Nobody Knows For Sure How Many Missiles North Korea Has, And It's Pretty Scary


After North Korea fired a missile over Japan on Aug. 28, hopes of decreasing tensions between North Korea and its rivals have gone out the window. With Japan, the U.S., and other allies on high alert, preparing for a possible attack by North Korea, one essential fact is left unknown: how many missiles North Korea has. And while military experts have rough estimates of the number of missiles, the number of nuclear weapons is largely unknown.

ABC News reports that the Pentagon has a rough estimate of how many missiles North Korea has, including 200 launchers for short- to medium-range ballistic missiles, less than 100 launchers for ranges of 200 to 600 miles, and fewer than 50 for its 800 to 2,000 mile range missiles.

A 2012 Department of Defense report, "Military and Security Developments Involving the Democratic People's Republic of Korea" shows that the Pentagon has, at the very least, a rough estimate of North Korea's arsenal. The report states that North Korea has "several hundred" missiles of varying ranges, including missiles that could theoretically carry miniaturized nuclear warheads, which could do significant damage to Japan and South Korea. In the years since this report was released, North Korea has continued to work on its nuclear program, and experts believe they have the capability to reach the U.S.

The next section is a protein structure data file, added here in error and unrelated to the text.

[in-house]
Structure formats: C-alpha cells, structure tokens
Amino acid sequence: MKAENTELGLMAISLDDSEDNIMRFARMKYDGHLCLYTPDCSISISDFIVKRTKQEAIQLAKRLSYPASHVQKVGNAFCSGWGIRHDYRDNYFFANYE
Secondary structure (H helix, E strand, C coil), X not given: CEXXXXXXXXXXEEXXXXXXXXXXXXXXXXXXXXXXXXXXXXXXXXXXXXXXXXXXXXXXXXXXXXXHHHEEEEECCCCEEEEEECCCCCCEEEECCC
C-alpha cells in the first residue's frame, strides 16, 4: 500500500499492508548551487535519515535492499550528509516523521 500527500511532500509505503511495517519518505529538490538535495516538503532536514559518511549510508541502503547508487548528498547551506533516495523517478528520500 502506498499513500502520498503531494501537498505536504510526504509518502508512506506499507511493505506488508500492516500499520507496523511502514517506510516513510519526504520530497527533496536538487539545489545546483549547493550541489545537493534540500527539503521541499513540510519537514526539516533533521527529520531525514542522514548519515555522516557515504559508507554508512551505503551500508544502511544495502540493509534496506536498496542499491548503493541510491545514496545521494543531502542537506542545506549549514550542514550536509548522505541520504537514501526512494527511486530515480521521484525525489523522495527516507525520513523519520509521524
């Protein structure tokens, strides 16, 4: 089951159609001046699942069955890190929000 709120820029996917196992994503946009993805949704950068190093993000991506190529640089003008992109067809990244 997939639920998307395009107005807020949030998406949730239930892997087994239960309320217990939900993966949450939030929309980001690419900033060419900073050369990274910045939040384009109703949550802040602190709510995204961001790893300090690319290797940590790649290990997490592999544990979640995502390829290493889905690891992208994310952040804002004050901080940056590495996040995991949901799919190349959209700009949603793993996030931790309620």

The small country is, however, notoriously secretive, and there's no way to know for sure what else they have in their arsenal or what they're capable of.

Per Al Jazeera, U.S. reports estimate that North Korea has upwards of 60 nuclear weapons; independent reports estimate around 30. There are also reports that North Korea has claimed the capability to mount nuclear warheads on ballistic missiles, but those claims have not been verified.

There is a large difference between regular missiles with non-nuclear warheads and nuclear weapons and warheads. Intercontinental ballistic missiles (ICBM) can follow specific trajectories and travel for long distances. It should be noted that missiles themselves are not weapons, but rather the tools that carry the weapons, called warheads. That said, regular warheads can do their fair share of damage, but if North Korea has indeed been successful in miniaturizing nuclear warheads to fit on ICBMs, that could spell disaster for their enemies.

Some outlets are calling the missile test over Japan a "countdown to a standoff." But without exact numbers, we have no way of knowing just what kind of standoff we're looking at.

And that's nothing short of terrifying.